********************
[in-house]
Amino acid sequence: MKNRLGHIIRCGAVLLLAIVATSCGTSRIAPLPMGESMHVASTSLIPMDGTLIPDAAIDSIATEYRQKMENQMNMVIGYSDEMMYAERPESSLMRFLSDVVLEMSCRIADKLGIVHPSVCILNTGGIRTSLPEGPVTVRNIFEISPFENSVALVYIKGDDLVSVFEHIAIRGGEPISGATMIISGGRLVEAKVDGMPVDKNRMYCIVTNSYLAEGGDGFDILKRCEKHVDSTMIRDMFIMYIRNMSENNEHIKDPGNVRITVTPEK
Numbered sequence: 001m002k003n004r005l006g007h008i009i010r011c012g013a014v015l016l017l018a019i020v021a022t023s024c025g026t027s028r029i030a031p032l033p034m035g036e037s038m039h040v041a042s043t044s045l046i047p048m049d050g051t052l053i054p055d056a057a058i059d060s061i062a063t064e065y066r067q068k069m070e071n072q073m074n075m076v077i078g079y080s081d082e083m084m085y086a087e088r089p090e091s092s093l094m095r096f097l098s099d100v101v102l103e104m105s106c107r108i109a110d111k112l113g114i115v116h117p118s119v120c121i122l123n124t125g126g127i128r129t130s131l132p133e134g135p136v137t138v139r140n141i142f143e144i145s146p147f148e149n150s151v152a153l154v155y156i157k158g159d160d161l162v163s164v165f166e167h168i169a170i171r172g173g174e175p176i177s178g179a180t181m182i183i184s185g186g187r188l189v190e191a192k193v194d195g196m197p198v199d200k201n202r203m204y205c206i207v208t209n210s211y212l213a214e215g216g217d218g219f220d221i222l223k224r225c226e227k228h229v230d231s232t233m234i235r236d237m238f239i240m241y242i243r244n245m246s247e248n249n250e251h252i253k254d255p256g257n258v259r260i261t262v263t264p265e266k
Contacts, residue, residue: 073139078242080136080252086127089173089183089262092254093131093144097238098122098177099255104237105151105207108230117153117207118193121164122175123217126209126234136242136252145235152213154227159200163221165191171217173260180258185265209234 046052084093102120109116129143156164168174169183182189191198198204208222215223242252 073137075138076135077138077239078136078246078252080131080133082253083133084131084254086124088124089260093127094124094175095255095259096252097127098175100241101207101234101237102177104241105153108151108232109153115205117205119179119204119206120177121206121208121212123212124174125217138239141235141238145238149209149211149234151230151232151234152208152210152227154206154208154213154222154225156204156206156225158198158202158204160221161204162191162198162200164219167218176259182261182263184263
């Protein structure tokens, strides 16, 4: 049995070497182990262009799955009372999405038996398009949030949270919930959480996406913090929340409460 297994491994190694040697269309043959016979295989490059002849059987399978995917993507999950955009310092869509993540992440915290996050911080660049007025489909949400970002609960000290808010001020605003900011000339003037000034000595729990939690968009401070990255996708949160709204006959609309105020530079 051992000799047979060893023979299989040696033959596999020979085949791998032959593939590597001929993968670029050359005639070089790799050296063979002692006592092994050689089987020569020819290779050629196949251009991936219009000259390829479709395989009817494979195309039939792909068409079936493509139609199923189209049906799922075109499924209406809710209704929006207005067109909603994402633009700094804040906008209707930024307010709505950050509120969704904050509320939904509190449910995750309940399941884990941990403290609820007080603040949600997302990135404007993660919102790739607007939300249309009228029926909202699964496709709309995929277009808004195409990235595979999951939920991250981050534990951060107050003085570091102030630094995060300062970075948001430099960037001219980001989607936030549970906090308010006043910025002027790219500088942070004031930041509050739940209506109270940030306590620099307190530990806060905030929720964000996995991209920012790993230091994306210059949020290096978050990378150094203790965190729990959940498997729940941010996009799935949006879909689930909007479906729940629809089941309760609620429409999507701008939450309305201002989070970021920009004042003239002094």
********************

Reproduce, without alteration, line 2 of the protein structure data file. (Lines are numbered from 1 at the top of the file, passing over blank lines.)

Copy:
Amino acid sequence: MKNRLGHIIRCGAVLLLAIVATSCGTSRIAPLPMGESMHVASTSLIPMDGTLIPDAAIDSIATEYRQKMENQMNMVIGYSDEMMYAERPESSLMRFLSDVVLEMSCRIADKLGIVHPSVCILNTGGIRTSLPEGPVTVRNIFEISPFENSVALVYIKGDDLVSVFEHIAIRGGEPISGATMIISGGRLVEAKVDGMPVDKNRMYCIVTNSYLAEGGDGFDILKRCEKHVDSTMIRDMFIMYIRNMSENNEHIKDPGNVRITVTPEK